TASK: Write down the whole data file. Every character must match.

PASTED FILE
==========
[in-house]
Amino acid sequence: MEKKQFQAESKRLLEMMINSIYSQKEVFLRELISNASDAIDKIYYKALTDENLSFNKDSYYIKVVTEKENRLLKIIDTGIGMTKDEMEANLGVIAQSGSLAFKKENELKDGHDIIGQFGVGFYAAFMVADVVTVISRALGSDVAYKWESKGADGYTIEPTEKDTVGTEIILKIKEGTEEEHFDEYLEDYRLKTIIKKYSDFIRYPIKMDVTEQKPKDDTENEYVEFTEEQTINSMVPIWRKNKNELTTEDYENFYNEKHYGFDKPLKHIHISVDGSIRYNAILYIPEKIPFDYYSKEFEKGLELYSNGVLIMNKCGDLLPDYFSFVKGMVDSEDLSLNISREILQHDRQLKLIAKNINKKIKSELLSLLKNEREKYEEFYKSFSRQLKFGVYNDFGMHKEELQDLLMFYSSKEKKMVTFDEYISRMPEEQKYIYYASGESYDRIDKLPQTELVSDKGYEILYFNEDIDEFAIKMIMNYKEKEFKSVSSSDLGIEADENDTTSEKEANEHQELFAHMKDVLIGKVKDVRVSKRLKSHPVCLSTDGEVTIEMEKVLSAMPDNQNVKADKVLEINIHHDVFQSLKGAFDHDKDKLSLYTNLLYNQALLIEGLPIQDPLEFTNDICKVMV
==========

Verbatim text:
[in-house]
Amino acid sequence: MEKKQFQAESKRLLEMMINSIYSQKEVFLRELISNASDAIDKIYYKALTDENLSFNKDSYYIKVVTEKENRLLKIIDTGIGMTKDEMEANLGVIAQSGSLAFKKENELKDGHDIIGQFGVGFYAAFMVADVVTVISRALGSDVAYKWESKGADGYTIEPTEKDTVGTEIILKIKEGTEEEHFDEYLEDYRLKTIIKKYSDFIRYPIKMDVTEQKPKDDTENEYVEFTEEQTINSMVPIWRKNKNELTTEDYENFYNEKHYGFDKPLKHIHISVDGSIRYNAILYIPEKIPFDYYSKEFEKGLELYSNGVLIMNKCGDLLPDYFSFVKGMVDSEDLSLNISREILQHDRQLKLIAKNINKKIKSELLSLLKNEREKYEEFYKSFSRQLKFGVYNDFGMHKEELQDLLMFYSSKEKKMVTFDEYISRMPEEQKYIYYASGESYDRIDKLPQTELVSDKGYEILYFNEDIDEFAIKMIMNYKEKEFKSVSSSDLGIEADENDTTSEKEANEHQELFAHMKDVLIGKVKDVRVSKRLKSHPVCLSTDGEVTIEMEKVLSAMPDNQNVKADKVLEINIHHDVFQSLKGAFDHDKDKLSLYTNLLYNQALLIEGLPIQDPLEFTNDICKVMV